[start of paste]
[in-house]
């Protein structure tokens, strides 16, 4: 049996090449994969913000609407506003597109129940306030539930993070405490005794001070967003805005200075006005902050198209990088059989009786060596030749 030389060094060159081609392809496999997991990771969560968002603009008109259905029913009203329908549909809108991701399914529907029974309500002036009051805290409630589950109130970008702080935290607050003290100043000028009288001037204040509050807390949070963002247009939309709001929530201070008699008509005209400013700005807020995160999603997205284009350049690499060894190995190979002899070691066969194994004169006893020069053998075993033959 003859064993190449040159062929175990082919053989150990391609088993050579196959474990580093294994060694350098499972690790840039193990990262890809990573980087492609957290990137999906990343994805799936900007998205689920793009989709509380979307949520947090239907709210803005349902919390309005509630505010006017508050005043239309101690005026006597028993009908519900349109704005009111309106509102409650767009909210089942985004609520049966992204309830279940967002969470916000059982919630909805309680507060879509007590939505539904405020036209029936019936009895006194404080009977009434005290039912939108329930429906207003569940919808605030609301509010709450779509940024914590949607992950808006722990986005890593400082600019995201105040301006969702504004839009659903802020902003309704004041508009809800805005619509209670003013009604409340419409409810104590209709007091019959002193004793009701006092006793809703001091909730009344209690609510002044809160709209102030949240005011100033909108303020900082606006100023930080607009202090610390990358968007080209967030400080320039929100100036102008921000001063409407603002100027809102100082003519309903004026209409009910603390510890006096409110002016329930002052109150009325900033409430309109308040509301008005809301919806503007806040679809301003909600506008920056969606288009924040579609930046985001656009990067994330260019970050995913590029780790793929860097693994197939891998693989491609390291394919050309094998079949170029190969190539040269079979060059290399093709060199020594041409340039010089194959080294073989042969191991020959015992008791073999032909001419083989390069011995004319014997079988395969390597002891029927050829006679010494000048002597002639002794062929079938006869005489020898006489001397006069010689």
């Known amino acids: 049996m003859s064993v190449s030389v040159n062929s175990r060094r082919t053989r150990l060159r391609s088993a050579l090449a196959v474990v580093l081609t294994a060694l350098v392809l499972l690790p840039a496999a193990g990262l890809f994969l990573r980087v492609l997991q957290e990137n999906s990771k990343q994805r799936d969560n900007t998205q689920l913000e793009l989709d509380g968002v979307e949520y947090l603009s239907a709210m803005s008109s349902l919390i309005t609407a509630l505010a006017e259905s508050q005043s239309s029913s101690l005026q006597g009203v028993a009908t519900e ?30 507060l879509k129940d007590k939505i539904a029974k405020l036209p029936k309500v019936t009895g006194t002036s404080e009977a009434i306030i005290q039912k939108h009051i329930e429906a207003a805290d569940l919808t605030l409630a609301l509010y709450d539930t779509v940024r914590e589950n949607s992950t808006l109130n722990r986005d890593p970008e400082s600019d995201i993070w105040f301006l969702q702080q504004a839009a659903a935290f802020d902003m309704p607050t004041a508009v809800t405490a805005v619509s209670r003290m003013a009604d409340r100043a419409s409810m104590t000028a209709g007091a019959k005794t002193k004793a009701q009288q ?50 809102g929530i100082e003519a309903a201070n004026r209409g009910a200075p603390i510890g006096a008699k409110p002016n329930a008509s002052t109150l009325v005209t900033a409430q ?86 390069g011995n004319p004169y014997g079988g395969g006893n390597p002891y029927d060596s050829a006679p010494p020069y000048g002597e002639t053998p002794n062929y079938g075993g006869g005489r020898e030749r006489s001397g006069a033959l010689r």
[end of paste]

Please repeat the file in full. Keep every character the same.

[in-house]
């Protein structure tokens, strides 16, 4: 049996090449994969913000609407506003597109129940306030539930993070405490005794001070967003805005200075006005902050198209990088059989009786060596030749 030389060094060159081609392809496999997991990771969560968002603009008109259905029913009203329908549909809108991701399914529907029974309500002036009051805290409630589950109130970008702080935290607050003290100043000028009288001037204040509050807390949070963002247009939309709001929530201070008699008509005209400013700005807020995160999603997205284009350049690499060894190995190979002899070691066969194994004169006893020069053998075993033959 003859064993190449040159062929175990082919053989150990391609088993050579196959474990580093294994060694350098499972690790840039193990990262890809990573980087492609957290990137999906990343994805799936900007998205689920793009989709509380979307949520947090239907709210803005349902919390309005509630505010006017508050005043239309101690005026006597028993009908519900349109704005009111309106509102409650767009909210089942985004609520049966992204309830279940967002969470916000059982919630909805309680507060879509007590939505539904405020036209029936019936009895006194404080009977009434005290039912939108329930429906207003569940919808605030609301509010709450779509940024914590949607992950808006722990986005890593400082600019995201105040301006969702504004839009659903802020902003309704004041508009809800805005619509209670003013009604409340419409409810104590209709007091019959002193004793009701006092006793809703001091909730009344209690609510002044809160709209102030949240005011100033909108303020900082606006100023930080607009202090610390990358968007080209967030400080320039929100100036102008921000001063409407603002100027809102100082003519309903004026209409009910603390510890006096409110002016329930002052109150009325900033409430309109308040509301008005809301919806503007806040679809301003909600506008920056969606288009924040579609930046985001656009990067994330260019970050995913590029780790793929860097693994197939891998693989491609390291394919050309094998079949170029190969190539040269079979060059290399093709060199020594041409340039010089194959080294073989042969191991020959015992008791073999032909001419083989390069011995004319014997079988395969390597002891029927050829006679010494000048002597002639002794062929079938006869005489020898006489001397006069010689």
């Known amino acids: 049996m003859s064993v190449s030389v040159n062929s175990r060094r082919t053989r150990l060159r391609s088993a050579l090449a196959v474990v580093l081609t294994a060694l350098v392809l499972l690790p840039a496999a193990g990262l890809f994969l990573r980087v492609l997991q957290e990137n999906s990771k990343q994805r799936d969560n900007t998205q689920l913000e793009l989709d509380g968002v979307e949520y947090l603009s239907a709210m803005s008109s349902l919390i309005t609407a509630l505010a006017e259905s508050q005043s239309s029913s101690l005026q006597g009203v028993a009908t519900e ?30 507060l879509k129940d007590k939505i539904a029974k405020l036209p029936k309500v019936t009895g006194t002036s404080e009977a009434i306030i005290q039912k939108h009051i329930e429906a207003a805290d569940l919808t605030l409630a609301l509010y709450d539930t779509v940024r914590e589950n949607s992950t808006l109130n722990r986005d890593p970008e400082s600019d995201i993070w105040f301006l969702q702080q504004a839009a659903a935290f802020d902003m309704p607050t004041a508009v809800t405490a805005v619509s209670r003290m003013a009604d409340r100043a419409s409810m104590t000028a209709g007091a019959k005794t002193k004793a009701q009288q ?50 809102g929530i100082e003519a309903a201070n004026r209409g009910a200075p603390i510890g006096a008699k409110p002016n329930a008509s002052t109150l009325v005209t900033a409430q ?86 390069g011995n004319p004169y014997g079988g395969g006893n390597p002891y029927d060596s050829a006679p010494p020069y000048g002597e002639t053998p002794n062929y079938g075993g006869g005489r020898e030749r006489s001397g006069a033959l010689r």